The death Thursday of Jim Brown, whose running talent and statistics were incomparable for years after his retirement from the National Football League’s Cleveland Browns, prompts a flashback.
The sport was lacrosse. He was playing in an all-star game at Johns Hopkins’ Homewood Field. At age 12, I had watched innumerable college games. Never before or since have I watched a better athlete. He was unstoppable.
Brown scored five goals. He ran around and through opponents. Stick checks just bounced off his powerful arms. He faced the best that college lacrosse could produce. Yet, he stood out.
I followed his pro football career. He was an offensive force that few teams could match. His speed and power became redundant on NFL highlight films.
One last comment: I thought he was a compelling movie actor, particularly in the heralded World War II film, “The Dirty Dozen.” Though not a drama school-trained actor, he impressed me with his cinematic ability. Critics might disagree.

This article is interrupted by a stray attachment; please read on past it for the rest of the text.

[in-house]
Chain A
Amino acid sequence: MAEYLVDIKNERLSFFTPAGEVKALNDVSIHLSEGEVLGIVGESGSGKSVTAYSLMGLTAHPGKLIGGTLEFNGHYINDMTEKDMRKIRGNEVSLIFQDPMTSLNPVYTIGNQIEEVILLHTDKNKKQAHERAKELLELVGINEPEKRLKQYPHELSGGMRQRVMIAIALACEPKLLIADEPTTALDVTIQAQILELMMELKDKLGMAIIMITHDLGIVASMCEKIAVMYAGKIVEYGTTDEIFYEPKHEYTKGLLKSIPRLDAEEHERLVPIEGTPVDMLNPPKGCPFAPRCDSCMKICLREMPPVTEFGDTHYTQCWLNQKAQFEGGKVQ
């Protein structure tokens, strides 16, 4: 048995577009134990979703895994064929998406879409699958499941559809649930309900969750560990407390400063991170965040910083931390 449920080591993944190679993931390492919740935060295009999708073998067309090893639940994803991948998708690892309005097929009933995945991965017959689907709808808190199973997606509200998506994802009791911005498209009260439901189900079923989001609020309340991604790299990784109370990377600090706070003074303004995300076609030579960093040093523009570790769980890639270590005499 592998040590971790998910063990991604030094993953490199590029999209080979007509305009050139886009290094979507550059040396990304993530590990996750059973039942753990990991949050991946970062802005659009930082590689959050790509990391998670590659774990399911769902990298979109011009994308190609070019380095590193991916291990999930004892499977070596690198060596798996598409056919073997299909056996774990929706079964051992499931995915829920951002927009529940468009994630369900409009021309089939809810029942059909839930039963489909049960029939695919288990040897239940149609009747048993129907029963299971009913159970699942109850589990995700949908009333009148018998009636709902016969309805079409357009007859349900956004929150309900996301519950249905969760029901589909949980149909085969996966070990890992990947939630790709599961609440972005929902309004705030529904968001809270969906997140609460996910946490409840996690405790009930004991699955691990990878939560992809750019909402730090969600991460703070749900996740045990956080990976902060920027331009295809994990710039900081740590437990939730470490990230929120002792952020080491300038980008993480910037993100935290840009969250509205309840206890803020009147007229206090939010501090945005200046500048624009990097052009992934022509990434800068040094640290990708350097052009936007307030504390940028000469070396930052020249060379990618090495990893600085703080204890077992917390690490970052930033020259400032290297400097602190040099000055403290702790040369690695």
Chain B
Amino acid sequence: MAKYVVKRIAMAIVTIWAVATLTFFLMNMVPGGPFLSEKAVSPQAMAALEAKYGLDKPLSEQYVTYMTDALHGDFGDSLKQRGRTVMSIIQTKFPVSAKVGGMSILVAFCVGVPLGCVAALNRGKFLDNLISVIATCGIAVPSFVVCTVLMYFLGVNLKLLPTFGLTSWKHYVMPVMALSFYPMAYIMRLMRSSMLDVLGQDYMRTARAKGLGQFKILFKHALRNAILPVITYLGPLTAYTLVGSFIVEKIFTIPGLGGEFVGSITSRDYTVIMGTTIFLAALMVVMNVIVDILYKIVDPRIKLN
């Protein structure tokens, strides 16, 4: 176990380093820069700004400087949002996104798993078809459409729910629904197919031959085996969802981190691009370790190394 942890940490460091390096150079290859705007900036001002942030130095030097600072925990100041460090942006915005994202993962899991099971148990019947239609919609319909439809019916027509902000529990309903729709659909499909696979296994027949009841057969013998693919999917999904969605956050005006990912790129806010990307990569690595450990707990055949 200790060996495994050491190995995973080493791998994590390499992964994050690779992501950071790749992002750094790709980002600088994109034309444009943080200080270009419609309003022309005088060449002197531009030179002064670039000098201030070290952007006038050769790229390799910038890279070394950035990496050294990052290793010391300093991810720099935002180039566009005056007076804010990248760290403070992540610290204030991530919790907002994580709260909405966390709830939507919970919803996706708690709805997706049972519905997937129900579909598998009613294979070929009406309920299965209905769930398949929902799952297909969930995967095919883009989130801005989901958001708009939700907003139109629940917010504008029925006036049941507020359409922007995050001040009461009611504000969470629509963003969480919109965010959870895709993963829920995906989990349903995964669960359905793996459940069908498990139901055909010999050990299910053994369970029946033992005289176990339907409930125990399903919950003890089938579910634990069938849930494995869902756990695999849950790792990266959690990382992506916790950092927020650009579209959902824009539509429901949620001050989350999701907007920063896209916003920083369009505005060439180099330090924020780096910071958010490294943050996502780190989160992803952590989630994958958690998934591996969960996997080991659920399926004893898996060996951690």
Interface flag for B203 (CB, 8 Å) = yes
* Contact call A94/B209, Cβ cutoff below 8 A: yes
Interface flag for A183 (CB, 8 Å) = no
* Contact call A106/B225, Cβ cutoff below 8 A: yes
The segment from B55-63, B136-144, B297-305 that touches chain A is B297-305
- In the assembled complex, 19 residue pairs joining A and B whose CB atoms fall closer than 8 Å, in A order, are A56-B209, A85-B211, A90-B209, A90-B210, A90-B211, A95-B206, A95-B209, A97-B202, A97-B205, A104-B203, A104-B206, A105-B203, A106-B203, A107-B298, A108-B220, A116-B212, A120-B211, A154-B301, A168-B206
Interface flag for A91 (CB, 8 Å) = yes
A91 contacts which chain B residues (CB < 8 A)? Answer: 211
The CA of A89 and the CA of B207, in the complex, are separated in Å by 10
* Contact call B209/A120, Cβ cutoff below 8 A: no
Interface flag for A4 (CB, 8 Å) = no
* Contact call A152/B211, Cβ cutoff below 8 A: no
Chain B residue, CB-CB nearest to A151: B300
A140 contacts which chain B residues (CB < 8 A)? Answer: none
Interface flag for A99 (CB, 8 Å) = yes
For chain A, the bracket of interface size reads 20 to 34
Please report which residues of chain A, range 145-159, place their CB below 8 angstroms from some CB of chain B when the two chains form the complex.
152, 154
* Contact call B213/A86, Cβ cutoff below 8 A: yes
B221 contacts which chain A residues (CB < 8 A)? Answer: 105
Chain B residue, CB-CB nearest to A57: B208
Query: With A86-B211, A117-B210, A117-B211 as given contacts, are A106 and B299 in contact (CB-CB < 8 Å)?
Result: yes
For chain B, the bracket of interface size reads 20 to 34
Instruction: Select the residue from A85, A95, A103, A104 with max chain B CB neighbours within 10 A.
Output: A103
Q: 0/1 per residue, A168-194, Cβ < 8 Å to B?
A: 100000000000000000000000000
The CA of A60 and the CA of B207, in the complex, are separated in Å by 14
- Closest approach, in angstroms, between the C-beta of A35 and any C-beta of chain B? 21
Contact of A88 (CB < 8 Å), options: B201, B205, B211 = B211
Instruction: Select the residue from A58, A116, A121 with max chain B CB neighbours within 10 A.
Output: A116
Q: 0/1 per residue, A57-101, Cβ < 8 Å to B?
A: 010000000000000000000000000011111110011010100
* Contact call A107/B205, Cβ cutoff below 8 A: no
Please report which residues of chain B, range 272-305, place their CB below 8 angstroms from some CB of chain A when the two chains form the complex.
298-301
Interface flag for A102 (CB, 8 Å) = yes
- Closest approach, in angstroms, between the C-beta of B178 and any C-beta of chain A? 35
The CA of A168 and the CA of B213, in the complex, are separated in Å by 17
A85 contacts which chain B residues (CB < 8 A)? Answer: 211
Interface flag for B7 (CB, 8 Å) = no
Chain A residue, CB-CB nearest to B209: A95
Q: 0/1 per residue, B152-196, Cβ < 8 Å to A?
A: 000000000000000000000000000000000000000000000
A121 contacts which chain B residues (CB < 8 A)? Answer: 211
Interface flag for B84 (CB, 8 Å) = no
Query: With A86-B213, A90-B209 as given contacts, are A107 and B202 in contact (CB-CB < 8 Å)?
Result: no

Jim Brown lived to 87. He led a life filled with athletic excellence and acting credentials. His civil rights activism was notable.
I will never forget his exploits on a legendary lacrosse field in Baltimore.
Columnist Howard Freedlander retired in 2011 as Deputy State Treasurer of the State of Maryland. Previously, he was the executive officer of the Maryland National Guard. He also served as community editor for Chesapeake Publishing, lastly at the Queen Anne’s Record-Observer. After 44 years in Easton, Howard and his wife, Liz, moved in November 2020 to Annapolis, where they live with Toby, a King Charles Cavalier Spaniel who has no regal bearing, just a mellow, enticing disposition.